"I was just trying to execute a pitch down, trying to get a ground ball," Tomlin said. "We've got a really good defense. For me, it's just trying to get someone to put the ball in play as much as possible and as quick as possible. In that situation, the plan of attack was to throw a curveball and just trying to execute the curveball down."
"The guy has proven to be a Major League pitcher. I don't think anybody in here wanted to count him out after one bad start, and he got right back on there and shut these guys down and gave us a chance to win. He's one of those guys that goes out and competes each time." -- Kipnis, on Tomlin
"It was kind of a tough go offensively, but after [Perez] hit that home run, in the dugout, everyone was jumping on him. They're trying to weather this. They're playing good defense, and they're staying after it." -- Francona
SOUND SMART WITH YOUR FRIENDS
The run scored by the Tigers in the seventh snapped a 19-inning scoreless streak turned in by Cleveland's pitching staff. That marked the longest such run since the Tribe's 30-inning scoreless run on the mound from Aug. 24-28 last season.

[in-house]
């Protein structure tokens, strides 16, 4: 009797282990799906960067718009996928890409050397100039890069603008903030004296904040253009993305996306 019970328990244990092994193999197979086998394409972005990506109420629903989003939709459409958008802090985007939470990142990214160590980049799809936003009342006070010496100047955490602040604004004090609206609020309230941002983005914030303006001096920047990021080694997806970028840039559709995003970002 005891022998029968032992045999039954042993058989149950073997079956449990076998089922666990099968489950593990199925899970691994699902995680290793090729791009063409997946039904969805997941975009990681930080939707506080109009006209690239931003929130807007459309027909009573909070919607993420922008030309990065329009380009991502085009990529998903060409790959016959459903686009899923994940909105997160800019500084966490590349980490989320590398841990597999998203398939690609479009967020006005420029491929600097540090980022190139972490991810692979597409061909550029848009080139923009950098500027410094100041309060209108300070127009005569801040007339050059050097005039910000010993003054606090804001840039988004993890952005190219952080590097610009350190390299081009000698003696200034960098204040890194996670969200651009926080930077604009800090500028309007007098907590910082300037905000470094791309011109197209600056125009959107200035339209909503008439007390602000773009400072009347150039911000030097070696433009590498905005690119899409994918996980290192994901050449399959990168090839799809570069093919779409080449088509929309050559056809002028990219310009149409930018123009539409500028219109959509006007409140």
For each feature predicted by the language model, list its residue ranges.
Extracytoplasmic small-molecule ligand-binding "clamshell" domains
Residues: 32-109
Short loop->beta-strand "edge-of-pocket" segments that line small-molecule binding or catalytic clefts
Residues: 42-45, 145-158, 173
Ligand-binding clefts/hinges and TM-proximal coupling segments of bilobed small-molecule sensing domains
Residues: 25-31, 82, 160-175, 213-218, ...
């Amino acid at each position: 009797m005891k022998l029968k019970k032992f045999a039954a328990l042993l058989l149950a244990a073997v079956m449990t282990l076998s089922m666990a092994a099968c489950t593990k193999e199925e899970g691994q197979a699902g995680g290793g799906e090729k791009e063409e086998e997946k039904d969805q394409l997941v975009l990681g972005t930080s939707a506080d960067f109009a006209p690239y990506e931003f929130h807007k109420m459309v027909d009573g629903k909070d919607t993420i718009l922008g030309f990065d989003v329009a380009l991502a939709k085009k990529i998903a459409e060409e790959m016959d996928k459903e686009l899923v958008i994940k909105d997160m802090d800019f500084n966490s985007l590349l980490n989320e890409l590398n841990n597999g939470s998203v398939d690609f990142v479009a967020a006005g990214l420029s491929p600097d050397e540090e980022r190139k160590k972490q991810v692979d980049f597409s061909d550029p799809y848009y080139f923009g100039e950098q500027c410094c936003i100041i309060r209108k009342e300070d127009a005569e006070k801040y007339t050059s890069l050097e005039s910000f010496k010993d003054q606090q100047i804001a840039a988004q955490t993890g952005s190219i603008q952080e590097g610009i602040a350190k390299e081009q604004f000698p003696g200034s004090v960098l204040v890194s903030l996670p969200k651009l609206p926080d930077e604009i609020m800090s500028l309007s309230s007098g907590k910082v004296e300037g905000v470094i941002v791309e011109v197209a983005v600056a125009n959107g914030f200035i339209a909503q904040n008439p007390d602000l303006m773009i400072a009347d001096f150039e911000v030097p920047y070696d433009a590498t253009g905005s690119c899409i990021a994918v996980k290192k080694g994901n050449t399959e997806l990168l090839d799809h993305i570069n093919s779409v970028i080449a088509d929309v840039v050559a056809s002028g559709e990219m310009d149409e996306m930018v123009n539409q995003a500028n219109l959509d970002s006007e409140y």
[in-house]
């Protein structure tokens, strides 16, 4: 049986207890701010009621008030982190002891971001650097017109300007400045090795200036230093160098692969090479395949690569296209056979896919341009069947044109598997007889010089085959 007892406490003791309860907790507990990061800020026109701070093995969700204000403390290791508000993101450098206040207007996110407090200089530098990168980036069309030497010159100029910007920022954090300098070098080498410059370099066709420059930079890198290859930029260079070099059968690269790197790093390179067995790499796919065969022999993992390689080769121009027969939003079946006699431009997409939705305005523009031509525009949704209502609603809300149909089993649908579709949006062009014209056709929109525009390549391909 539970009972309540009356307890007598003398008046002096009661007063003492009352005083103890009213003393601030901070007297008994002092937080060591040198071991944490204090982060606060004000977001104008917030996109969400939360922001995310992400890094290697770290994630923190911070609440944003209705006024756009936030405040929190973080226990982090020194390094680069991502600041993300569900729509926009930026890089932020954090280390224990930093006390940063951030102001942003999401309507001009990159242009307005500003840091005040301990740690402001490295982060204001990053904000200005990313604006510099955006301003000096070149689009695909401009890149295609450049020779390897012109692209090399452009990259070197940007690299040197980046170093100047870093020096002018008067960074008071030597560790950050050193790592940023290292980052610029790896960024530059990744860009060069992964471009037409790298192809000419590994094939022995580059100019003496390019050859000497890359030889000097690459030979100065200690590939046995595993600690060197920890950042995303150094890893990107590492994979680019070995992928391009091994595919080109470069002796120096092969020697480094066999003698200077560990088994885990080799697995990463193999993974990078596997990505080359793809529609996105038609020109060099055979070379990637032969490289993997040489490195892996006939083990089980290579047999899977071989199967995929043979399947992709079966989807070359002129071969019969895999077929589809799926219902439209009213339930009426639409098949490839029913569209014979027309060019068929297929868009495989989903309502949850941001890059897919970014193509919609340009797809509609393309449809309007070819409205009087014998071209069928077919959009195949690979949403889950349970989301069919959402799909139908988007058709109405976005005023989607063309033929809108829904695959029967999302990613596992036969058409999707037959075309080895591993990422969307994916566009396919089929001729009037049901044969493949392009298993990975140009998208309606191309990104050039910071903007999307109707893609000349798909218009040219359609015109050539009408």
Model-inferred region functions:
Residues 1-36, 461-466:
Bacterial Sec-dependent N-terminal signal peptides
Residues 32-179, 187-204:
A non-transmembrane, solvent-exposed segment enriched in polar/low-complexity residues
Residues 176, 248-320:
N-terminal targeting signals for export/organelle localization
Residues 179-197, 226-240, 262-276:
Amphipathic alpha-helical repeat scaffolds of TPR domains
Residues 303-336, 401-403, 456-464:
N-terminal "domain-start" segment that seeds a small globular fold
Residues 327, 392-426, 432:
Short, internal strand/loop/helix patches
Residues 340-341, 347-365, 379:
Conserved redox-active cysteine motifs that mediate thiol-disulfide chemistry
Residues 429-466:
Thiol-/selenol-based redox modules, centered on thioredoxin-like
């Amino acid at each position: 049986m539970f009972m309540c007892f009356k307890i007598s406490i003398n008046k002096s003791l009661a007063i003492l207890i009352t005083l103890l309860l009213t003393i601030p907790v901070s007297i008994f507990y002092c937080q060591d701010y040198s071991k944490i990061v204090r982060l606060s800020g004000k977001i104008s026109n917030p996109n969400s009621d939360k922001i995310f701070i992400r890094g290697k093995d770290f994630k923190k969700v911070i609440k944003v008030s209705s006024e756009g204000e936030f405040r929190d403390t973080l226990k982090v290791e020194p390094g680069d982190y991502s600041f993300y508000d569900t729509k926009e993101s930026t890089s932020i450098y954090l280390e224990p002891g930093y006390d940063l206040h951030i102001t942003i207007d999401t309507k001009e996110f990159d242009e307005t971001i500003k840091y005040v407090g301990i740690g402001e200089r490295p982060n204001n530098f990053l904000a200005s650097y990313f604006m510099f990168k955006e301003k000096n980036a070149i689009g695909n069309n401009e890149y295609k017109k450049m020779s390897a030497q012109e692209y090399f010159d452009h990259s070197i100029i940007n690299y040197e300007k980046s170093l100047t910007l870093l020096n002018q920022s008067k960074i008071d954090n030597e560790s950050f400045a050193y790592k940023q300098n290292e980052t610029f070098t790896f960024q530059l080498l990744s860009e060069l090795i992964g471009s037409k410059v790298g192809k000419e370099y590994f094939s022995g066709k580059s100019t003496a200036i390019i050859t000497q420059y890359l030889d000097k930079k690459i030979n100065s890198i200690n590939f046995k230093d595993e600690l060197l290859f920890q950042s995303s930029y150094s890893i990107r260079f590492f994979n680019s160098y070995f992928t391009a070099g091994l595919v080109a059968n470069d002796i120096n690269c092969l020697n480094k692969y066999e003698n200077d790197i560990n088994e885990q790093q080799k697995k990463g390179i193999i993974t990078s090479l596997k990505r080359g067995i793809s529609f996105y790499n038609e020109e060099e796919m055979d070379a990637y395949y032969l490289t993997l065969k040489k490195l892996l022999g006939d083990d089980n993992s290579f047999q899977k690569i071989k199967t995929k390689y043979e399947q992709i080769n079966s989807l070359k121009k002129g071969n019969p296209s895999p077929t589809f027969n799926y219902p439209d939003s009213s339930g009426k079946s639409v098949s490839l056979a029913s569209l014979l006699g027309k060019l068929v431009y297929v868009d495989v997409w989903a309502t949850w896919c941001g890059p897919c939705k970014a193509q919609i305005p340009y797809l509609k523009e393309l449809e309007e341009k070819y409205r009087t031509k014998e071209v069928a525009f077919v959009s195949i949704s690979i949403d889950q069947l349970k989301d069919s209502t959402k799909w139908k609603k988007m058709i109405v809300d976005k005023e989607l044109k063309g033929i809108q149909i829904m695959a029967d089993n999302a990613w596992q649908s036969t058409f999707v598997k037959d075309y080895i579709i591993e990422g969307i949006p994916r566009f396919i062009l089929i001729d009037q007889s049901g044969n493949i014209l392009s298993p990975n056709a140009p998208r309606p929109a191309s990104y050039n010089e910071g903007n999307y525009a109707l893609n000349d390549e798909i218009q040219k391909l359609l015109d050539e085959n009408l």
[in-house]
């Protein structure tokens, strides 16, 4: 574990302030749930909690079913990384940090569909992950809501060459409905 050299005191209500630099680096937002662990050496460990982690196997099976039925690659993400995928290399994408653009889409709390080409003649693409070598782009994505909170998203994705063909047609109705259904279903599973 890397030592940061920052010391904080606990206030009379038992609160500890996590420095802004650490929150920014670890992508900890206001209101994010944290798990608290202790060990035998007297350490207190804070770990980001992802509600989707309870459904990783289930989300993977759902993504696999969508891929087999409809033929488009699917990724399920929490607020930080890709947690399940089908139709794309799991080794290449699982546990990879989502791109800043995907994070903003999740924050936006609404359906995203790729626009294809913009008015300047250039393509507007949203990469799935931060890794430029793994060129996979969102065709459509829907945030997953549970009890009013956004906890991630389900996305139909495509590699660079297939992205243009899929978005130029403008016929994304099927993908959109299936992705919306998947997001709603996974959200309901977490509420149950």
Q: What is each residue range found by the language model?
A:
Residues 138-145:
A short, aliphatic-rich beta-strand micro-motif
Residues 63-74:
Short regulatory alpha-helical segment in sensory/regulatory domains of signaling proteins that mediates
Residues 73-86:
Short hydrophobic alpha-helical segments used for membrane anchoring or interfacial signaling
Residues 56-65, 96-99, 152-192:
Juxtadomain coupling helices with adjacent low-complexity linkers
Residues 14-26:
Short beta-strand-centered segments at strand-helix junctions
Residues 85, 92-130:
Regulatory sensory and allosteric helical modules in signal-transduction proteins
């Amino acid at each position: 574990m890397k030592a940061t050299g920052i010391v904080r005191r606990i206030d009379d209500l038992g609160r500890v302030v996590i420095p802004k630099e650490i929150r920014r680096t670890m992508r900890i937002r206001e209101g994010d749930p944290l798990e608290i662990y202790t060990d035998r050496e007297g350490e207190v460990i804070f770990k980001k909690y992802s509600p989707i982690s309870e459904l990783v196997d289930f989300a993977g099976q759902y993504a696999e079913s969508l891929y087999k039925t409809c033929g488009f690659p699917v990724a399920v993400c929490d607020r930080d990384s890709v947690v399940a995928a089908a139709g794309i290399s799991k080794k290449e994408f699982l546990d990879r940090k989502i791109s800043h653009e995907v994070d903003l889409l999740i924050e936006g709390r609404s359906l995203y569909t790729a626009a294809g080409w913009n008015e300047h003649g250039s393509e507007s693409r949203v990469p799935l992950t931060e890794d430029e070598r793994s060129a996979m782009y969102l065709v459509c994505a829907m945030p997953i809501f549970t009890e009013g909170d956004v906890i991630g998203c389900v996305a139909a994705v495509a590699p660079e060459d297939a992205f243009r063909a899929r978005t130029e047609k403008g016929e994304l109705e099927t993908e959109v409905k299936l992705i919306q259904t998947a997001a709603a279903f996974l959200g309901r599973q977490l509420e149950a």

MITEL REPLAY OF THE DAY
The Tigers' newfound baserunning aggressiveness led Goodrum to test Rajai Davis' arm in center field, tagging up from first base on a flyout to medium-depth left-center. Goodrum was originally ruled out, but a replay review showed him sliding around the tag attempt at second base. Once Goodrum was ruled safe, it marked the fifth overturn in as many challenges for Gardenhire in his brief Tigers tenure.
Indians righty Carlos Carrasco is slated to take the mound on Wednesday against the Tigers in a 6:10 p.m. ET clash at Progressive Field. Last year, Carrasco went 4-1 with a 1.82 ERA in six starts vs. Detroit with 45 strikeouts and nine walks in 39 2/3 innings..
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Jordan Bastian has covered the Indians for MLB.com since 2011, and previously covered the Blue Jays from 2006-10. Read his blog, Major League Bastian, follow him on Twitter @MLBastian and Facebook.